I think that even though gays are complaining that persons are insensitive to them etc; they have been pushing their agenda and so even to the point that they should get away with these things in public with no repercussions.

  RPJS wrote @

Cal,

first allow me to thank you for the response. i am heartened that you took the time to do so and as requested, at the site.

however, i have to disagree with almost all of what you say. firstly, recall that the young man was beaten and degraded.

as i understand it the lights were turned off and he was subjected to further beatings, not before being beaten in front of a jeering audience. it may seem appropriate to ‘discipline’ someone for infringing on the public domain, as you say.

however, please be aware that that ‘discipline’ is at heart what makes the action so objectionable and disturbing. we have, in effect, arrogated the role of judge, jury and executioner onto ourselves and over what? sexual conduct in a room on campus? really? not good enough.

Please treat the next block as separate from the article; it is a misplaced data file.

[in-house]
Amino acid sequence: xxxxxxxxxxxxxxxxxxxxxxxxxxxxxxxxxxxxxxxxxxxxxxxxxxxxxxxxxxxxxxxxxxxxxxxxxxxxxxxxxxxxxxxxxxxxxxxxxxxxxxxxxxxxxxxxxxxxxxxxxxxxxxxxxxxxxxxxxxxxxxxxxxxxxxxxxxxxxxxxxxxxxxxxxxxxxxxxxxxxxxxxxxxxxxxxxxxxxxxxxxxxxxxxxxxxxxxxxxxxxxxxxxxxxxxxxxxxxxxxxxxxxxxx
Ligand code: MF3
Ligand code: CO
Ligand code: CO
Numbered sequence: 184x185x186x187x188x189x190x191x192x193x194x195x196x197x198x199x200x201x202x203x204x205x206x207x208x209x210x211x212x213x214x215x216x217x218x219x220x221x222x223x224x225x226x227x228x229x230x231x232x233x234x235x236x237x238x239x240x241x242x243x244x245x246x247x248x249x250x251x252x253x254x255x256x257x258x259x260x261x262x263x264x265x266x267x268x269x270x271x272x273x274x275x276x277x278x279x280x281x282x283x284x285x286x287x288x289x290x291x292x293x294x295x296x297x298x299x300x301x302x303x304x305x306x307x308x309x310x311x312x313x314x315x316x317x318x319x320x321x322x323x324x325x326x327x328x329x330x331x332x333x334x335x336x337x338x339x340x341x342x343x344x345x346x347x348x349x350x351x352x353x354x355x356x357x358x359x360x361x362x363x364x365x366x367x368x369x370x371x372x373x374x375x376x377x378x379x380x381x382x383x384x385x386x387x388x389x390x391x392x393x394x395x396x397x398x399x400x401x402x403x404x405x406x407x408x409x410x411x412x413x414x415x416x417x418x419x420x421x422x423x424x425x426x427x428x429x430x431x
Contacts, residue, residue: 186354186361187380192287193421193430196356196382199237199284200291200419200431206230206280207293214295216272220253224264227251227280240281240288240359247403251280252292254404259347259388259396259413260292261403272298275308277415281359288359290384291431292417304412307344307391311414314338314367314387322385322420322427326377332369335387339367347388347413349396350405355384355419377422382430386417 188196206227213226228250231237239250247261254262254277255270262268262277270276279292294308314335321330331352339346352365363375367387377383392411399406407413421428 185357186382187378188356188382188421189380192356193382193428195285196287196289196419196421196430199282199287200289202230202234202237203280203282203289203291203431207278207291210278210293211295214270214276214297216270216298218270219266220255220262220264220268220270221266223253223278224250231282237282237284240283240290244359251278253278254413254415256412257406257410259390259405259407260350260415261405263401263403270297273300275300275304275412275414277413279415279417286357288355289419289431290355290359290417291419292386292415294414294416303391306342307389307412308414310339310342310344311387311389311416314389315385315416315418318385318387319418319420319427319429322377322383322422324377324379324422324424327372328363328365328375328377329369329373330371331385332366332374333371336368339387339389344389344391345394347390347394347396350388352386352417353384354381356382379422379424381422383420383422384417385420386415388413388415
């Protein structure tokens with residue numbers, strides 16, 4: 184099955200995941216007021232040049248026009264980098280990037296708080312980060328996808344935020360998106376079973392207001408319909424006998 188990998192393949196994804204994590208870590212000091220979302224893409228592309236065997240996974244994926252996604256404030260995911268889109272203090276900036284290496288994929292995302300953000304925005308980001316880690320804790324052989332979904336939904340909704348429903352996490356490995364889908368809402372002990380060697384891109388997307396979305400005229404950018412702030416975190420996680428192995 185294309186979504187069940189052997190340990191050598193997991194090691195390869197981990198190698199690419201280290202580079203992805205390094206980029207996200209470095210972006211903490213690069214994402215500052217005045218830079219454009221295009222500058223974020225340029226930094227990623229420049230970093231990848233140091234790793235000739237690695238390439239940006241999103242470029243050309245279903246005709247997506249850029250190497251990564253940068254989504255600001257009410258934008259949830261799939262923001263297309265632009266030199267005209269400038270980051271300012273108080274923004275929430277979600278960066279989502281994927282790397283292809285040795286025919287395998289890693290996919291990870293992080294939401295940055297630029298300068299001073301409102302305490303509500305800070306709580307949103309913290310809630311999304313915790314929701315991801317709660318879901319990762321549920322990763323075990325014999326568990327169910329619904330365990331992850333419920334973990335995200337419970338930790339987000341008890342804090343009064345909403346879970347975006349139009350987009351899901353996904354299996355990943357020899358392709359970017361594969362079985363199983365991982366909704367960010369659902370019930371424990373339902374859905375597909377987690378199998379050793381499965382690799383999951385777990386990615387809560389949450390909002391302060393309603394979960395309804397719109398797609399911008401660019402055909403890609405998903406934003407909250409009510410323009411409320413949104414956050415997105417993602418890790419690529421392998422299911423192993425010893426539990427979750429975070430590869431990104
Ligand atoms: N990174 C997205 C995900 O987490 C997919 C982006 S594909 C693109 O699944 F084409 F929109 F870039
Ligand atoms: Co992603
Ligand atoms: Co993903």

just today a friend informed me that the numbers of time he has had sex, in the open, on campus is just unbelievable. i don’t know what that says about my friends. but i do know that what it says is that we are in the habit of excusing certain actions while coming down hard on others.

  RPJS wrote @

and it is not just that we do that. but we also kill people in the process. there is something patently wrong with that, regardless of what you may say to justify that.

these people, in case you are not aware, are the leaders of the country in another decade or so. they will be taking over positions from the ones who will demit office then.

how can we not be outraged that tomorrow will be in the hands of people who see nothing wrong with resorting to ‘jungle justice’ to vent their frustrations, presumably over two men caught in a sexual act? please!

further, and i feel this is the part that escapes so many in this situation, we forget that a crime has occurred. we operate like it is okay to break the law in some instances and not in others?